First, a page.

8. Frozen Shoulder: Stiffness and limited range of motion in the shoulder joint.
  9. Surgical Complications: Issues or abnormalities following previous shoulder surgery.
  10. Tumors: Growths or masses in the shoulder area, including primary or metastatic cancers.

The detailed images provided by an MRI allow radiologists to thoroughly evaluate the bones, cartilage, tendons, ligaments, and other soft tissues that make up the complex shoulder joint. 

Do I need a contrast injection for my shoulder MRI?

Whether you need a contrast injection for your shoulder MRI depends on the specific reason for the scan and what your doctor is trying to evaluate. Here are a few key points:

  • A shoulder MRI without contrast is the standard, baseline procedure to obtain detailed images of the bones, soft tissues, and joints in the shoulder area.
  • Contrast dye, usually gadolinium, may be injected intravenously during the MRI if more detailed imaging is needed. This can help highlight certain structures and abnormalities that may not be as visible without contrast.
  • Contrast is sometimes used when evaluating for suspected tumors, infections, or complications from prior shoulder surgery.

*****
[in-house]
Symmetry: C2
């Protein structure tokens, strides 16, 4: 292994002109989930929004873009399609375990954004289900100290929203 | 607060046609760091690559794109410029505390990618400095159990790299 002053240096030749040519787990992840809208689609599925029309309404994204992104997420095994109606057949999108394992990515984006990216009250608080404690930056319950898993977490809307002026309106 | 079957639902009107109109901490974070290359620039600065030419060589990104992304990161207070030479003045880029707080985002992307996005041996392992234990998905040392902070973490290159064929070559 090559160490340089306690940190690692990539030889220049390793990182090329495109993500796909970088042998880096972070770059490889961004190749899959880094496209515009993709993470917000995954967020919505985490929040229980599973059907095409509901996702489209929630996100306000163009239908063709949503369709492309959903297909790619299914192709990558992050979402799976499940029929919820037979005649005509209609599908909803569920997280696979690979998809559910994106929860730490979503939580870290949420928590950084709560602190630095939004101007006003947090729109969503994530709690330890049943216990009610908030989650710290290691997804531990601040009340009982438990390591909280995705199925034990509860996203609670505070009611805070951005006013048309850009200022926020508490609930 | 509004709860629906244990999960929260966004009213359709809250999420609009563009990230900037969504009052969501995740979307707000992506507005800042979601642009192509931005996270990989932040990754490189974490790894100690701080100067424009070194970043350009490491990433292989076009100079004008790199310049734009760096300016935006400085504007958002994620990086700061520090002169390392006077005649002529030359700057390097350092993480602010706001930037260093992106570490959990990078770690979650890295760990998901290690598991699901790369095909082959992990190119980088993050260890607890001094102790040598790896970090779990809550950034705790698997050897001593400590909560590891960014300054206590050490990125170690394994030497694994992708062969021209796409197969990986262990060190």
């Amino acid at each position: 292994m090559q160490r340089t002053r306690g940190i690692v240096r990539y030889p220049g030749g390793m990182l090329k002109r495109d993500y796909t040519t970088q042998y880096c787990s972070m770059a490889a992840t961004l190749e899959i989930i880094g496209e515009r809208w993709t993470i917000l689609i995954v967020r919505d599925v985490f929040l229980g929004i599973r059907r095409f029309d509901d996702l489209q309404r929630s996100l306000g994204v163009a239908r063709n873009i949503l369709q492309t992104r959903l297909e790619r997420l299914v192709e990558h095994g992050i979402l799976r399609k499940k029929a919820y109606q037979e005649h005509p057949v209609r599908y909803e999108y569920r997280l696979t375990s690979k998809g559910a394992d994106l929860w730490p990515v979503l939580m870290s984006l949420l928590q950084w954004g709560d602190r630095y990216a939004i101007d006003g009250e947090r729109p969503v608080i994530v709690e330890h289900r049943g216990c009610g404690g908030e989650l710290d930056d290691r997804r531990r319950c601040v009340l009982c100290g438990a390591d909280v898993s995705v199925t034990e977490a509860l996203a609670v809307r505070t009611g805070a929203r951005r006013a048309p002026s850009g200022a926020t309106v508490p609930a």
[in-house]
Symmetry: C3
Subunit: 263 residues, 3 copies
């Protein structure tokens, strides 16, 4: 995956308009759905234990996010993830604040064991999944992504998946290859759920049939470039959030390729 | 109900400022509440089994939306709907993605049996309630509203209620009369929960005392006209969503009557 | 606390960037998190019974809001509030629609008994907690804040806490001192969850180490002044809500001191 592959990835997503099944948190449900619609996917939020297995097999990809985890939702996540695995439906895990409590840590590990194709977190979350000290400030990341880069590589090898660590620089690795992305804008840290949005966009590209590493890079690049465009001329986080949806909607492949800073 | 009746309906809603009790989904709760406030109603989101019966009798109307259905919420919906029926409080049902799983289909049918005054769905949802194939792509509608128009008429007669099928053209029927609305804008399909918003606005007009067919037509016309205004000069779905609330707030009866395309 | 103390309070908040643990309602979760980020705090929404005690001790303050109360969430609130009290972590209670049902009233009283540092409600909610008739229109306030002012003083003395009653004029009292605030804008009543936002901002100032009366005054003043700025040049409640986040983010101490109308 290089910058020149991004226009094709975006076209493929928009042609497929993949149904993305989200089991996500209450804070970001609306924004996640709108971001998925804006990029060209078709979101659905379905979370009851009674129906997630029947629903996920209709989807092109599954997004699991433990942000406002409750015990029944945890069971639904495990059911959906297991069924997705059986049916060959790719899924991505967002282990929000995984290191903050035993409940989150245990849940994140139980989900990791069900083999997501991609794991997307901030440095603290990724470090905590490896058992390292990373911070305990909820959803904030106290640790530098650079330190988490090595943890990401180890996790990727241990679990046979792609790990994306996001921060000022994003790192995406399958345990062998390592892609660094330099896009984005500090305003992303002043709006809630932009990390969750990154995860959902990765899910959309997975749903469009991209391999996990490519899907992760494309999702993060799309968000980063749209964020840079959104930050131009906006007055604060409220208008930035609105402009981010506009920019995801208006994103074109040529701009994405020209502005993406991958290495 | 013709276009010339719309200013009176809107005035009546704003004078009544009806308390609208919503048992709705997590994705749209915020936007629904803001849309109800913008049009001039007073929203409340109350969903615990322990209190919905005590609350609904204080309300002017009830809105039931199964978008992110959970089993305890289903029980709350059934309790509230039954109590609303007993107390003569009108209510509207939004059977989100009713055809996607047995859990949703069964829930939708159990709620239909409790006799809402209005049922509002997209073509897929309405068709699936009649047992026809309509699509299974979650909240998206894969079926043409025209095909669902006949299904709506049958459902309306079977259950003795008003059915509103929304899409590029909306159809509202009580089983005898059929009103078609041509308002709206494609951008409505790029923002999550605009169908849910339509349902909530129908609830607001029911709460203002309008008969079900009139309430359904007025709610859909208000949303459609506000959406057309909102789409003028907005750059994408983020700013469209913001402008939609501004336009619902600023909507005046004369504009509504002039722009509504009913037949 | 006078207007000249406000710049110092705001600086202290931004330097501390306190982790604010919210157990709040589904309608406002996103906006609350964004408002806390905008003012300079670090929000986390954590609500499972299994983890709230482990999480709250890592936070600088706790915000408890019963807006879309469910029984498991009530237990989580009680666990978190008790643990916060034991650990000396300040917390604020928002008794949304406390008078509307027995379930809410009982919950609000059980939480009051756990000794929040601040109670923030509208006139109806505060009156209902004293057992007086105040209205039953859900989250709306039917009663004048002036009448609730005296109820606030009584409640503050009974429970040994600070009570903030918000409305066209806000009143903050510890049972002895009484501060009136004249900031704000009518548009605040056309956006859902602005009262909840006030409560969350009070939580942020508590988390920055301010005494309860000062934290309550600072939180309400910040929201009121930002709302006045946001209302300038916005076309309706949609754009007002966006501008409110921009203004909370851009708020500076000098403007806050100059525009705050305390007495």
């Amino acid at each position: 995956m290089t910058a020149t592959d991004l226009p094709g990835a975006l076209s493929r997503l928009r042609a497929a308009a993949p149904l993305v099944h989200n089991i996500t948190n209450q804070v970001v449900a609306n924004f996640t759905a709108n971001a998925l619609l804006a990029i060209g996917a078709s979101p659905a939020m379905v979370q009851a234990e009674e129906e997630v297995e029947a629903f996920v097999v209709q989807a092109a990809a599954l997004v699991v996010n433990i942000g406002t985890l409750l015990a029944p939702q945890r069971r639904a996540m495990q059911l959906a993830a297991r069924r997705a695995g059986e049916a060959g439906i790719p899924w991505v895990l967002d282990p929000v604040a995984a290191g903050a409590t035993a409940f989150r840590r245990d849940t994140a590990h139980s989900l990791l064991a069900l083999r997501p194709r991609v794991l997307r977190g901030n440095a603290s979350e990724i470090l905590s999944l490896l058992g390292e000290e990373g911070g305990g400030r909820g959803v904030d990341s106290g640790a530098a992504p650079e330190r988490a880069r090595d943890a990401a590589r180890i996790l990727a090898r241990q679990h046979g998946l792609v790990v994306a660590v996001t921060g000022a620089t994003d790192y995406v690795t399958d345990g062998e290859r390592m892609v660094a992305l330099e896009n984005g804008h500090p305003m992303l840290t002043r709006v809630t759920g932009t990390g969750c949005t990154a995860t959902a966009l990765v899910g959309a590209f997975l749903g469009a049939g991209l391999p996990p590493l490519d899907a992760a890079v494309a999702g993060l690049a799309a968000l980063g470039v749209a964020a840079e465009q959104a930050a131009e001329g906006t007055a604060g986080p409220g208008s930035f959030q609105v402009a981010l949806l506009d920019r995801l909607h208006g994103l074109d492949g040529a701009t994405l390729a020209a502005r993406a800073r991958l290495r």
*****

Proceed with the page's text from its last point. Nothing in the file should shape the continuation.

• Adding the contrast injection can extend the total scan time by an additional 15-30 minutes.
  • Patients with certain medical conditions or allergies may not be able to receive the contrast dye.

So in summary, your doctor will determine if a contrast injection is necessary based on your specific symptoms, medical history, and what they are trying to diagnose or evaluate with the shoulder MRI. The decision to use contrast or not is made on a case-by-case basis. Be sure to discuss this with your doctor and the radiology staff before your scheduled MRI appointment.

How to Position Yourself for a Shoulder MRI?

Here are the key steps for positioning yourself for a shoulder MRI:

  1. Removal of Metal ObjectsYou will be asked to remove any metal jewelry, watches, or clothing with metal fasteners before the scan.
  2. Lying on the table You will lie down on a motorized table that will slide into the MRI machine.
  3. Entering the MRI MachineThe table will slowly slide you into the tunnel-shaped MRI machine.
  4. Remaining StillIt is crucial that you remain very still during the MRI, as any movement can blur the images.
  5. Contrast Injection (if needed)If contrast dye is required, an IV line will be placed in your arm before the scan.

Does your whole body go in for an upper arm or shoulder MRI?

A shoulder MRI is usually conducted with your entire body inside a traditional MRI scanner, although your feet might remain outside the machine.

For those with claustrophobia, an open MRI scanner might be recommended, as it allows for a clearer view of the surrounding room. However, open scanners have a lower magnetic field strength compared to traditional machines, making them unsuitable for certain types of MR imaging.

How long does a shoulder MRI take?

A shoulder MRI typically takes 15 to 45 minutes to complete. In some cases, the procedure may be as quick as 15 minutes.

The exact duration can vary depending on several factors:

  • The number of images needed for a detailed analysis